Prime meridian (Greenwich)
A prime meridian, based at the Royal Observatory, Greenwich, in London, was established by Sir George Airy in 1851. By 1884, over two-thirds of all ships and tonnage used it as the reference meridian on their charts and maps. In October of that year, at the behest of U.S. President Chester A. Arthur, 41 delegates from 25 nations met in Washington, D.C., United States, for the International Meridian Conference. This conference selected the meridian passing through Greenwich as the official prime meridian due to its popularity. However, France abstained from the vote and French maps continued to use the Paris meridian for several decades. In the 18th century, London lexicographer, Malachy Postlethwayt published his African maps showing the 'Meridian of London' intersecting the Equator a few degrees west of the later meridian and Accra, Ghana.
The prime meridian passes through the Airy transit circle (51°28′40.1″N 0°0′5.3″W / 51.477806°N 0.001472°W) of the Greenwich observatory. It was long marked by a brass strip in the courtyard, now replaced by stainless steel, and, since 16 December 1999, has been marked by a powerful green laser shining north across the London night sky.
Global Positioning System (GPS) receivers show that the marking strip for the prime meridian at Greenwich is not exactly at zero degrees, zero minutes and zero seconds but at approximately 5.3 seconds of arc to the west of the meridian (meaning that the meridian appears to be 102 metres east of this line). In the past, this offset has been attributed to the establishment of reference meridians for space-based location systems such as WGS 84 (which GPS relies on) or that errors gradually crept into the International Time Bureau timekeeping process. The actual reason for the discrepancy is that the marking strip is indeed at astronomical longitude zero degrees, zero minutes and zero seconds—but GPS receivers show geodetic longitude.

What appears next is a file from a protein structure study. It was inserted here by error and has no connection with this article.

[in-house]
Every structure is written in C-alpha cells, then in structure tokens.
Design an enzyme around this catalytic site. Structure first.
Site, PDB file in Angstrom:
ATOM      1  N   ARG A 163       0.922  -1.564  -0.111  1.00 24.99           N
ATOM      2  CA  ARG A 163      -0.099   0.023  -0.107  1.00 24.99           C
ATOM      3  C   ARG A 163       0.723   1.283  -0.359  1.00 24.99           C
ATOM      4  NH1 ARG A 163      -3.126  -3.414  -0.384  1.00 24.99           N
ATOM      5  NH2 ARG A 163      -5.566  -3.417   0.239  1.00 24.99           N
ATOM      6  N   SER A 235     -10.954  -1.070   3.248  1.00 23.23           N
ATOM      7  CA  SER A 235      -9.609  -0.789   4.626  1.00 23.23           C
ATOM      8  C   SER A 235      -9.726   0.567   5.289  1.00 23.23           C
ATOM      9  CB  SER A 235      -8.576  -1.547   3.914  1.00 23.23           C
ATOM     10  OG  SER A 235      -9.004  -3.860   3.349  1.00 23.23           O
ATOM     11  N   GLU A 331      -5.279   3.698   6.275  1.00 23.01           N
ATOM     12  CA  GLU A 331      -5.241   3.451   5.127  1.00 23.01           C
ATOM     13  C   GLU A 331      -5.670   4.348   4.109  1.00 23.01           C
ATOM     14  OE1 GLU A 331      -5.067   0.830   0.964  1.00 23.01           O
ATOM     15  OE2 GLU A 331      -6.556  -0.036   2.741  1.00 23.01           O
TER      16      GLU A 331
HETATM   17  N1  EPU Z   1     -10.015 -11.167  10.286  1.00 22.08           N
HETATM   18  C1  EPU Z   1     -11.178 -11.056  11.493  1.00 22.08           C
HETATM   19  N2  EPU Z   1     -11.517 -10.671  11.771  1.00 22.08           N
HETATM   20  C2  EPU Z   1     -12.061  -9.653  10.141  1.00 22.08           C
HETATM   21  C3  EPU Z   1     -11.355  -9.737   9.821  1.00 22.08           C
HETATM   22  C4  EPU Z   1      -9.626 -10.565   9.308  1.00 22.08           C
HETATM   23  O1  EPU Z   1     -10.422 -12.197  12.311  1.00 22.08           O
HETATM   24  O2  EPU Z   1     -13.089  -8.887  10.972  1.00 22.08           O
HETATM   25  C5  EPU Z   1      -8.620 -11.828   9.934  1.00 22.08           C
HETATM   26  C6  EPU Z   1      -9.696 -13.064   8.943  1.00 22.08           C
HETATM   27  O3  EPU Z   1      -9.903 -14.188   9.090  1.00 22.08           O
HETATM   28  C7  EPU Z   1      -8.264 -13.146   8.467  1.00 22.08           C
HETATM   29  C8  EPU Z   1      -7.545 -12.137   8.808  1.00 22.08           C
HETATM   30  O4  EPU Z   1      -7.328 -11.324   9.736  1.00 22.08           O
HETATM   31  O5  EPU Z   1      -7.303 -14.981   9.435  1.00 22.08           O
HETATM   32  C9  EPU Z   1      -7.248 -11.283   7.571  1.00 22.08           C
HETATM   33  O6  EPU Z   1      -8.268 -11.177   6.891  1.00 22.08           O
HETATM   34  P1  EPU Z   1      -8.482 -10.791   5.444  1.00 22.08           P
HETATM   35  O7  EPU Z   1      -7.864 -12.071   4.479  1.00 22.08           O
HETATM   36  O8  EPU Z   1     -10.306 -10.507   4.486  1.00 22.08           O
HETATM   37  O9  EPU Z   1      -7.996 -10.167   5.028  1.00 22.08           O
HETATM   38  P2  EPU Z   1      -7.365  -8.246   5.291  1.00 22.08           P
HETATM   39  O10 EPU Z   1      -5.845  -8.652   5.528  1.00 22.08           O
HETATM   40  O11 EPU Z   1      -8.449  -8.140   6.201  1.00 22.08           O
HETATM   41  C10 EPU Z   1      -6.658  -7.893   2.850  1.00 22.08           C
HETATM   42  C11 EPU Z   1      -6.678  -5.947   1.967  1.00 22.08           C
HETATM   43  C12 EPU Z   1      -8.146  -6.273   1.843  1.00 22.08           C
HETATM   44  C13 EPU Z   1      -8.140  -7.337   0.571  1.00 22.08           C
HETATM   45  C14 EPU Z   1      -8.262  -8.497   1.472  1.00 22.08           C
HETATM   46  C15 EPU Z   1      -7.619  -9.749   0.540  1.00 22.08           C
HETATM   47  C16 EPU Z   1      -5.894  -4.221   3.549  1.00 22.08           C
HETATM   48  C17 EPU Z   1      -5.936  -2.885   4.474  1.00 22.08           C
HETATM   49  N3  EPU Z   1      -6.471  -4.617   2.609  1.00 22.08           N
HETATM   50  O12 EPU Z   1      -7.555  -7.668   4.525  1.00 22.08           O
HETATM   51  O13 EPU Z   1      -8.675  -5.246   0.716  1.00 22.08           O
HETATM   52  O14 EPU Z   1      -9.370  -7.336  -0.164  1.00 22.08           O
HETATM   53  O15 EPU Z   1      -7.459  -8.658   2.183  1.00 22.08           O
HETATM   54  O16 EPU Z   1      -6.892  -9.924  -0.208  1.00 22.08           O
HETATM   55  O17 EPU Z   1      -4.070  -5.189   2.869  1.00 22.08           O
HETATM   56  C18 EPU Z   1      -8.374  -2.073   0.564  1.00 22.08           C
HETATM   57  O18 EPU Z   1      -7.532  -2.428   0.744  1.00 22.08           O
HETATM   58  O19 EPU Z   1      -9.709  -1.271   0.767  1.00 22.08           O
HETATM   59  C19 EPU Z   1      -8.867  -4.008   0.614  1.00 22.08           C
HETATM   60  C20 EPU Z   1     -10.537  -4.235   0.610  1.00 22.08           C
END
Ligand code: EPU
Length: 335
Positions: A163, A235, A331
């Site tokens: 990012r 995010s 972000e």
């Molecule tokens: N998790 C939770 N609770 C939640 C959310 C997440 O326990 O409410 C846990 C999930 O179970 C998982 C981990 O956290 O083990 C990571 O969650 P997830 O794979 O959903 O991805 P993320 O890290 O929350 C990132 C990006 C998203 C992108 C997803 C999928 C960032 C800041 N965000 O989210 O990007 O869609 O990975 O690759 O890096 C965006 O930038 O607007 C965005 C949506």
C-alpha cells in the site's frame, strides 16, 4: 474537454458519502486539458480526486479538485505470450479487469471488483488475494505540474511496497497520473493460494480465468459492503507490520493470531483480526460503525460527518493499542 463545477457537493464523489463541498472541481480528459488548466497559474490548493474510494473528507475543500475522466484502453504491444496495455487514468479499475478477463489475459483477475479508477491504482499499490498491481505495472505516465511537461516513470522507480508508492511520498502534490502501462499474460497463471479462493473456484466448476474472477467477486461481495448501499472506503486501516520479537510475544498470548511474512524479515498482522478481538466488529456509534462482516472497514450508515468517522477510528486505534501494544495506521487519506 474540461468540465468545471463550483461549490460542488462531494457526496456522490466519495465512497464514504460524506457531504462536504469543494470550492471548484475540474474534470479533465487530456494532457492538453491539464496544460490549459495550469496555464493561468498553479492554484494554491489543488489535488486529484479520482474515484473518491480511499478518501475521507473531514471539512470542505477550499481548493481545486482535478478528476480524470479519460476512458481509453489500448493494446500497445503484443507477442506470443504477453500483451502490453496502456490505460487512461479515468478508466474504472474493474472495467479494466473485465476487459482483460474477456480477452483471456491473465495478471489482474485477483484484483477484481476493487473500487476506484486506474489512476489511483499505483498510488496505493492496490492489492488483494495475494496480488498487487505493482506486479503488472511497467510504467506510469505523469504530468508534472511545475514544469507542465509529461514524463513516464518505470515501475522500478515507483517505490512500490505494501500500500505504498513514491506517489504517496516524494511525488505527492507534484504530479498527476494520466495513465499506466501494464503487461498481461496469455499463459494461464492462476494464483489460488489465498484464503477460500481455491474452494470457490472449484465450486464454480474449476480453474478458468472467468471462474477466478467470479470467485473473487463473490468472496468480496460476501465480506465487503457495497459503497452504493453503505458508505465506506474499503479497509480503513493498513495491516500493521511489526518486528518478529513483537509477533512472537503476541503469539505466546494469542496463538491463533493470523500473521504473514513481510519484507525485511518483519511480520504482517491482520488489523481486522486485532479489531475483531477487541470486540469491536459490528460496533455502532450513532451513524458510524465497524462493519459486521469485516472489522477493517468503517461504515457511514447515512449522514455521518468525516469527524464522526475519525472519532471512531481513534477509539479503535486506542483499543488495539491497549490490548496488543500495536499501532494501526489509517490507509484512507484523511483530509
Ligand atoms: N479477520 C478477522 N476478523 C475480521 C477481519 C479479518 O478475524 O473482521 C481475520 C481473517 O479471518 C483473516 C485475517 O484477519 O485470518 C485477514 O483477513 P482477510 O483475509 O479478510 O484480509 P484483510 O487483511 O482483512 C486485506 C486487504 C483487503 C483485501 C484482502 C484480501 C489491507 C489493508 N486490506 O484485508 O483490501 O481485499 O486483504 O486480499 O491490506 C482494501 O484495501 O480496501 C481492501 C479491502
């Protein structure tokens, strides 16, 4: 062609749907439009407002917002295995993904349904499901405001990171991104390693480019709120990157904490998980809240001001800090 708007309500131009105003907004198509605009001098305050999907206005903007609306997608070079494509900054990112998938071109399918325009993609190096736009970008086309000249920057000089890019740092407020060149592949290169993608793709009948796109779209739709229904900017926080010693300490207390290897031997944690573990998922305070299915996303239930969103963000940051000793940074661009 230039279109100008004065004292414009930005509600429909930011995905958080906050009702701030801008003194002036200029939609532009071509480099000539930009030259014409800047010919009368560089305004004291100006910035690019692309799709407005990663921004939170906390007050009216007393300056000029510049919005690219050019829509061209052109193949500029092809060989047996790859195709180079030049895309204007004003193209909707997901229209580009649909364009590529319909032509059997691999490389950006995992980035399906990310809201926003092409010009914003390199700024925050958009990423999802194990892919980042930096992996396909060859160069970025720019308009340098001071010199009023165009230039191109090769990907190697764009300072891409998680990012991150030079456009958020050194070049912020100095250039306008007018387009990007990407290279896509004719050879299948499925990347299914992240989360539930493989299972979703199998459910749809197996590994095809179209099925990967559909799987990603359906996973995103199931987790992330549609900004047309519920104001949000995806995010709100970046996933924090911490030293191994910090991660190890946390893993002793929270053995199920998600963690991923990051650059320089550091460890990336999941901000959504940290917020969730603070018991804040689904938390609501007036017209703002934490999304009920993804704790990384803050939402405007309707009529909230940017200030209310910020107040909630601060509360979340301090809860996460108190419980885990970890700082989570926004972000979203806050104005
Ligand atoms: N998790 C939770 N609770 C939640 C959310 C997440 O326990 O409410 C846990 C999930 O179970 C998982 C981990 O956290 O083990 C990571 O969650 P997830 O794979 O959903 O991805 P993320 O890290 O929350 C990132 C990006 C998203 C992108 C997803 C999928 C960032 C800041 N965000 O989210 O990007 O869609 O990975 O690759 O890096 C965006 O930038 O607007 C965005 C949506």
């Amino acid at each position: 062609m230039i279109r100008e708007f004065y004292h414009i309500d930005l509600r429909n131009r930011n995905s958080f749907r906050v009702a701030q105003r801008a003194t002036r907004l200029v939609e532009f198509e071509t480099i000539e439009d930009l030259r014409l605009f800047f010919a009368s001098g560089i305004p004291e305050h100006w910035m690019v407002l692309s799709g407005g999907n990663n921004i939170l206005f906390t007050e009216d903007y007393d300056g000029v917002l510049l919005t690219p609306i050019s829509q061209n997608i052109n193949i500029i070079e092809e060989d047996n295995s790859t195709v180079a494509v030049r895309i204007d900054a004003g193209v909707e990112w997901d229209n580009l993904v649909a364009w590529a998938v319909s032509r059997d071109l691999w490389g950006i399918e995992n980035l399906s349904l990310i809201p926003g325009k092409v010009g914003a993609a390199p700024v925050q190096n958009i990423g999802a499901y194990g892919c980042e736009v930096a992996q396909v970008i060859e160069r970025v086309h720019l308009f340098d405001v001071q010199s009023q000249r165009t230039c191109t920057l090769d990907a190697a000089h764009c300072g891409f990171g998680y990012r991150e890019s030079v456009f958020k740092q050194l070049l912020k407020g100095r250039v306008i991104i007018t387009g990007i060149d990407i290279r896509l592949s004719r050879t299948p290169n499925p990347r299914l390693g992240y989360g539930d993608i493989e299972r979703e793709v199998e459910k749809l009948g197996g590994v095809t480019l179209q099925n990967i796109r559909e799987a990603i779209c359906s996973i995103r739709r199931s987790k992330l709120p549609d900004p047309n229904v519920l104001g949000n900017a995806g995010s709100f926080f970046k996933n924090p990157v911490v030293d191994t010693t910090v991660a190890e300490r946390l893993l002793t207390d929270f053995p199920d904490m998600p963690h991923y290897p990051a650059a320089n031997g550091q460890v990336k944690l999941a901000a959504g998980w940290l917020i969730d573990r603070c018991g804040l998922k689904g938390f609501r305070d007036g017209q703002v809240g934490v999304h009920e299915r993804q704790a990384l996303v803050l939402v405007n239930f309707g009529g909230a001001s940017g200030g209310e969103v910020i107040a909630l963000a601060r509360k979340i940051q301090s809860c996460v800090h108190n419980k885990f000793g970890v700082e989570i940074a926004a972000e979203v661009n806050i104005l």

Before the establishment of a common meridian, most maritime countries established their own prime meridian, usually passing through the country in question. In 1721, Great Britain established its own meridian passing through an early transit circle at the newly established Royal Observatory at Greenwich. The meridian was moved around 10 metres or so east on three occasions as transit circles with newer and better instruments were built, on each occasion next door to the existing one. This was to allow uninterrupted observation during each new construction. The final meridian was established as an imaginary line from the north pole to the south pole passing through the Airy transit circle. This became Great Britain's meridian in 1851. For all practical purposes of the period, the changes as the meridian was moved went unnoticed.
Transit instruments are installed to be perpendicular to the local level (which is a plane perpendicular to a plumb line). In 1884, the International Meridian Conference took place to establish an internationally recognised single meridian. The meridian chosen was that which passed through the Airy transit circle at Greenwich and it became the prime meridian.
At around the time of this conference, scientists were making measurements to determine the deflection of the vertical on a large scale. One might expect that plumb lines set up in various locations, if extended downward, would all pass through a single point, the centre of the Earth, but this is not the case, primarily due to the Earth being flattened and not a sphere. The downward extended plumb lines don't even all intersect the rotation axis of the Earth; this much smaller effect is due to the uneven distribution of the Earth's mass. To make computations feasible, scientists defined ellipsoids of revolution; a given ellipsoid would be a good compromise for measurements in a given area, such as a country or continent. The difference between the direction of a plumb line or vertical, and a line perpendicular to the surface of the ellipsoid of revolution—a normal to said ellipsoid—at a particular observatory, is the deflection of the vertical.